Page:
Natural History accents for the home

Agate coasters

A collection of beautiful pieces to inspire you based around animals, insects and beautiful natural materials like agate.

NASA has this month released millions of images of our beautiful planet and it reminded me that the most beauty you can find in ornamental or function pieces of decor or furniture are made by Mother Earth herself. Things like raw, waney edge wood furniture, fossilised woods, agate, plants and taxidermy. These items can be used not only to give atmosphere to a rustic log cabin or hunting room, but also in sleek modern design as a ‘wow-factor’ centrepiece. Here are a few pieces of design inspiration for you to add something that’s a real unique talking piece to your home.

Butterflies in double paned glass

These butterflies are mounted in a double paned glass frame. It’s a very modern and minimalist take on the traditional butterfly collection. These can either be stood on a shelf or windowsill as an ornament (the two sizes together can look very nice with this placement) or can be hung on the wall as a picture.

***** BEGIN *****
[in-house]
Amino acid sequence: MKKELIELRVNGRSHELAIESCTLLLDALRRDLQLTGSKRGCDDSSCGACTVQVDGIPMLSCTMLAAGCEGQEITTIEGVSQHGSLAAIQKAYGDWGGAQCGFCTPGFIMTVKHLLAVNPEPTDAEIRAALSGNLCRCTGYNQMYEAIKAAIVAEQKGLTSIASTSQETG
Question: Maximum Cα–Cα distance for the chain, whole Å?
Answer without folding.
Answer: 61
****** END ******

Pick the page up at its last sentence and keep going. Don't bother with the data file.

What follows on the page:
There butterflies were from Museum Winkel.

 

Fossilised wood bookends

These bookends are made from fossilised wood and weigh a ton – but they’re the most beautiful book ends I’ve ever seen. I bought these from Seattle on a business trip all the way back to the UK. You’ll have a hard time finding bookends as large as these but may have some luck getting smaller fossilised wood bookends and more likely some agate bookends from crystal shops on the high-street.

 

Agate coasters

These agate coasters were from Etsy. They’re standard slices of agate trimmed in gold leaf with stoppers on one end. They look fantastic on dark wood tables and aren’t too expensive.

 

Antler bottlestop

This antler bottle stop may be small but is certainly unique enough to be noticed. Fits in well with any deer/woodland theme and looks very nice on a bar or drinks cabinet.

 

Taxidermy as an ornament
Uncased taxidermy can be a subtle accent to any sideboard or side table. While you’ll have to limit it to low traffic areas to avoid knocks or damage by brushing past, it can look stunning. See my guide to buying taxidermy  for a crash course on what you should be looking for and some trusted taxidermy suppliers in the UK and Europe.

I’d love to hear what anyone else can suggest for this list. Please add your own beautiful natural history items in the comments so I can be envious of you 🙂

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